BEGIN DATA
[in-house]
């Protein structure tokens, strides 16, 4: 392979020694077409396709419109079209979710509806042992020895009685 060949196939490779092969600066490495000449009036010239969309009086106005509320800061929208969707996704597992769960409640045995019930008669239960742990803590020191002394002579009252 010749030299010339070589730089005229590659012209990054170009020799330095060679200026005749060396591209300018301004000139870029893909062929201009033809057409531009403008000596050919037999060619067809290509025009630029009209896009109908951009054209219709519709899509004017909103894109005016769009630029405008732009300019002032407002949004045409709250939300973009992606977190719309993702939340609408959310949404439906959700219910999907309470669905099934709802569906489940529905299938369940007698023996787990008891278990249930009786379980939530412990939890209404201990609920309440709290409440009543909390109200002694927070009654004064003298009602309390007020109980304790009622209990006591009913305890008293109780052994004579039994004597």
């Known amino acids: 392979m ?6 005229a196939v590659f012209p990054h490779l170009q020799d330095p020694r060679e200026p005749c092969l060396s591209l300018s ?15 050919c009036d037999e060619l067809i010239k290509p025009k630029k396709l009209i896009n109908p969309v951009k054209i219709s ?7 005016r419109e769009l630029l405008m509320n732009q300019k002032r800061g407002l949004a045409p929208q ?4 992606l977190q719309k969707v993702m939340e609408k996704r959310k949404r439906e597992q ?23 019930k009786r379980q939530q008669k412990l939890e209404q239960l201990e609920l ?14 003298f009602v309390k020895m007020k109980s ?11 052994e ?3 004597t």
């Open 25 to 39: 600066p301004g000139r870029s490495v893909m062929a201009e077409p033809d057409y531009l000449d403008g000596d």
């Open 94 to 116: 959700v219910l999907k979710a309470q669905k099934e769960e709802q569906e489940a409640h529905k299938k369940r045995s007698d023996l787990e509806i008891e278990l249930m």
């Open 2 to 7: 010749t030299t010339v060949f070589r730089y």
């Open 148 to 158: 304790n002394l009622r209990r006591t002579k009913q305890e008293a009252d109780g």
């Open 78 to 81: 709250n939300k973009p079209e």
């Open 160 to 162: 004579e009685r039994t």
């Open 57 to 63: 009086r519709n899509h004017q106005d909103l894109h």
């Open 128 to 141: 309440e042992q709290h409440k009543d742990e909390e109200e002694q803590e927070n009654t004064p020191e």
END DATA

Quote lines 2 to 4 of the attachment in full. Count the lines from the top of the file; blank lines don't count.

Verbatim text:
């Protein structure tokens, strides 16, 4: 392979020694077409396709419109079209979710509806042992020895009685 060949196939490779092969600066490495000449009036010239969309009086106005509320800061929208969707996704597992769960409640045995019930008669239960742990803590020191002394002579009252 010749030299010339070589730089005229590659012209990054170009020799330095060679200026005749060396591209300018301004000139870029893909062929201009033809057409531009403008000596050919037999060619067809290509025009630029009209896009109908951009054209219709519709899509004017909103894109005016769009630029405008732009300019002032407002949004045409709250939300973009992606977190719309993702939340609408959310949404439906959700219910999907309470669905099934709802569906489940529905299938369940007698023996787990008891278990249930009786379980939530412990939890209404201990609920309440709290409440009543909390109200002694927070009654004064003298009602309390007020109980304790009622209990006591009913305890008293109780052994004579039994004597």
């Known amino acids: 392979m ?6 005229a196939v590659f012209p990054h490779l170009q020799d330095p020694r060679e200026p005749c092969l060396s591209l300018s ?15 050919c009036d037999e060619l067809i010239k290509p025009k630029k396709l009209i896009n109908p969309v951009k054209i219709s ?7 005016r419109e769009l630029l405008m509320n732009q300019k002032r800061g407002l949004a045409p929208q ?4 992606l977190q719309k969707v993702m939340e609408k996704r959310k949404r439906e597992q ?23 019930k009786r379980q939530q008669k412990l939890e209404q239960l201990e609920l ?14 003298f009602v309390k020895m007020k109980s ?11 052994e ?3 004597t």
């Open 25 to 39: 600066p301004g000139r870029s490495v893909m062929a201009e077409p033809d057409y531009l000449d403008g000596d």